Conformational variation of the translocon enhancing chaperone SecDF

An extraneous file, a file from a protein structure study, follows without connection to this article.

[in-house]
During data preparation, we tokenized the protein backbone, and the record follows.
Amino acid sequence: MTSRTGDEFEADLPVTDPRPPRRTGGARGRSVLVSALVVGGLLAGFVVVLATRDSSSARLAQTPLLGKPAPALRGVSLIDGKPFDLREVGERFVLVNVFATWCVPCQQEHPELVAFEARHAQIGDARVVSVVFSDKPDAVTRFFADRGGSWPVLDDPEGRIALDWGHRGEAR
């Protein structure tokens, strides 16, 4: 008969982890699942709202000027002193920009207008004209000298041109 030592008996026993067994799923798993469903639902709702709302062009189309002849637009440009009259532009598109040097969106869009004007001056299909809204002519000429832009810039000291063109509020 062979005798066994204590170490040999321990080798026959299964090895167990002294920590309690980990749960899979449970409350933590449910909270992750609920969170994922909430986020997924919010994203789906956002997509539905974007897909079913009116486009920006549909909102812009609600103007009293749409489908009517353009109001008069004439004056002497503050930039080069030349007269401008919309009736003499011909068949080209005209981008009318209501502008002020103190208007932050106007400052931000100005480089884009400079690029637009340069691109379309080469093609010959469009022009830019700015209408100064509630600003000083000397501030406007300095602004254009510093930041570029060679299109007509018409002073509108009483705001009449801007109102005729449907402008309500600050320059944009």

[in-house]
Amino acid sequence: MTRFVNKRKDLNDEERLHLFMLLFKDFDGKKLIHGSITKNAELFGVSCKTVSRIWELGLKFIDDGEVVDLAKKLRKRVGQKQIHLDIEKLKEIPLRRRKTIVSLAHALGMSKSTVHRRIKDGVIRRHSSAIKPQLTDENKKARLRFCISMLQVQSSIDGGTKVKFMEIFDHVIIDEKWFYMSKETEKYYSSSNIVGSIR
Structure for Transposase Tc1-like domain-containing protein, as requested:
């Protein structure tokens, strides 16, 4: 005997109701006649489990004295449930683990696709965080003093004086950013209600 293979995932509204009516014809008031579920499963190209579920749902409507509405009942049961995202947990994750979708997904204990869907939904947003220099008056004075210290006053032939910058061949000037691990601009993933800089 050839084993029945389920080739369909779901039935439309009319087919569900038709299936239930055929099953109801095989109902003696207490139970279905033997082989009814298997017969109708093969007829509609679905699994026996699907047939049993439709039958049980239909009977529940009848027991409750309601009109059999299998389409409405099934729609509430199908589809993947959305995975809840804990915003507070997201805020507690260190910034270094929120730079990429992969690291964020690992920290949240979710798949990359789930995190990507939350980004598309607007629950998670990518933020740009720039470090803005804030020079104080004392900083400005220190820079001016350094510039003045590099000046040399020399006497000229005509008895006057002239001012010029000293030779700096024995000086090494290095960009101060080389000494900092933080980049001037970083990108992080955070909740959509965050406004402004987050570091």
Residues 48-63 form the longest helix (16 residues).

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The Sec translocon facilitates transportation of newly synthesized polypeptides from the cytoplasm to the lumen/periplasm across the phospholipid membrane. Although the polypeptide-conducting machinery is formed by the SecYEG-SecA complex in bacteria, its transportation efficiency is markedly enhanced by SecDF. A previous study suggested that SecDF assumes at least two conformations differing by a 120° rotation in the spatial orientation of the P1 head subdomain to the rigid base, and that the conformational dynamics plays a critical role in polypeptide translocation. Here we addressed this hypothesis by analyzing the 3D structure of SecDF using electron tomography and single particle reconstruction. Reconstruction of wt SecDF showed two major conformations; one resembles the crystal structure of full-length SecDF (F-form structure), while the other is similar to the hypothetical structural variant based on the crystal structure of the isolated P1 domain (I-form structure). The transmembrane domain of the I-form structure has a scissor like cleft open to the periplasmic side. We also report the structure of a double cysteine mutant designed to constrain SecDF to the I-form. This reconstruction has a protrusion at the periplasmic end that nicely fits the orientation of P1 in the I-from. These results provide firm evidence for the occurrence of the I-form in solution and support the proposed F- to I-transition of wt SecDF during polypeptide translocation.